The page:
An Uncompromising Vision
Sofia Asgatovna Gubaidulina, born on 24 October 1931 in Tschistopol, a small town on the Volga in the Tartar Republic of the USSR, has never been in doubt about her personal and musical identity and convictions. “I am a religious Russian Orthodox person,” she writes, “and I understand religion in the literal meaning of the word, as ‘re-ligio,’ that is to say the restoration of connections, the restoration of the ‘legato’ of life. There is no more serious task for music than this.” And it is this profound spirituality that informs much of her artistic process. A number of small musical symbols, primarily expressed in intervallic and rhythmic relationships, are constantly searching for deeper musical and mystical meanings. Her unique artistic language of expression is based on a composite of intuitive choices that amalgamates unique sounds and techniques within a traditional musical structure. For Gubaidulina, rhythmic ratios are not limited to local figuration. Rather, “the temporality of the musical form is the defining feature of rhythmic character.” Traditional tonal centers and triadic structures give way to pitch clusters, and chromatic space is constantly competing and reaching for diatonic space, representing a “progression from darkness to the divine.”
Gubaidulina first graduated from the Kazan Conservatory in 1954 with degrees in composition and piano, and later transferred to the Moscow Conservatory. She embarked on a highly individual path that would significantly diverge from the traditional compositional style in Russia. When she finished her studies in 1961, Soviet authorities had already marked her as an “irresponsible” composer on a “mistaken path.” Although Dimitri Shostakovich became one of her most ardent admirers and enthusiastic supporters, she was eventually blacklisted and denounced for producing “noisy mud instead of real musical innovation.” However, Gubaidulina wrote, “Being blacklisted and so unperformed gave me artistic freedom, even if I couldn’t earn much money,” she says. “I could write what I wanted without compromise.” She did earn her money writing film music scores, but devoted several months a year to her own music. During this period of experimentation, strikingly original composition—Concordanza, the Concerto for bassoon and low instruments, The Hour of the Soul and the exceptional De Profundis—began to forcefully emerge.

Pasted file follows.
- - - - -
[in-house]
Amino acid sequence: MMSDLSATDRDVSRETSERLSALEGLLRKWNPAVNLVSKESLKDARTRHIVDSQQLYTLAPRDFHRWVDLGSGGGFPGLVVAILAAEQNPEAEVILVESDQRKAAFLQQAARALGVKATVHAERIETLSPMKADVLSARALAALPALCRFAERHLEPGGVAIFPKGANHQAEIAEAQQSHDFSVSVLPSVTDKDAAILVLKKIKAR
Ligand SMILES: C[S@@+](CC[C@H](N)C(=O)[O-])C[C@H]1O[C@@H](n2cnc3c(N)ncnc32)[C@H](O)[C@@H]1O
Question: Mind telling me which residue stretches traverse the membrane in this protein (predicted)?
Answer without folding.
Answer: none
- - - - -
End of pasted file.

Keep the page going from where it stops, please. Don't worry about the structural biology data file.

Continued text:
In the late 1970’s music became an all-important escape from the socio-political atmosphere of the Soviet Union. And as a result, her essentially religious temperament became more and more pronounced in her work. In compositions like Introitus, the Violin Concerto for Gidon Kremer, the Offertorium and the Seven Words—published under the title “Partita”—Gubaidulina strongly associated music with human transcendence and mystical spirituality. The Last Judgement, Alleluia and the colossal Passion according to St. John musically capture the longing inside the soul of humanity. However, Gubaidulina has also experimented with electronic music and improvisational techniques, and much of her recent work reflects her fascination with ancient principles of rhythmic proportions. Since 1992, Gubaidulina has lived an almost solitary life in a small village outside Hamburg, Germany. She had received numerous awards and commendations, ranging from the Kazan Conservatory to the American Academy of Arts and Letters and to Yale University. She is also a member of the musical academies in Frankfurt, Hamburg and the Royal Swedish Academy of Music. In 2013, Gubaidulina became the recipient for the Golden Lion for Lifetime Achievement for Music at the Biennale die Venezia. Working on a huge number of commissions, the composer explains, “Whatever I write is just an attempt. For us human beings nothing is ever realized as we imagine. What we do is just attempts.” Without doubt, Gubaidulina is rightfully considered one of the most important composers alive today.
Sofia Gubaidulina: Introitus (Piano Concerto)
An Uncompromising Vision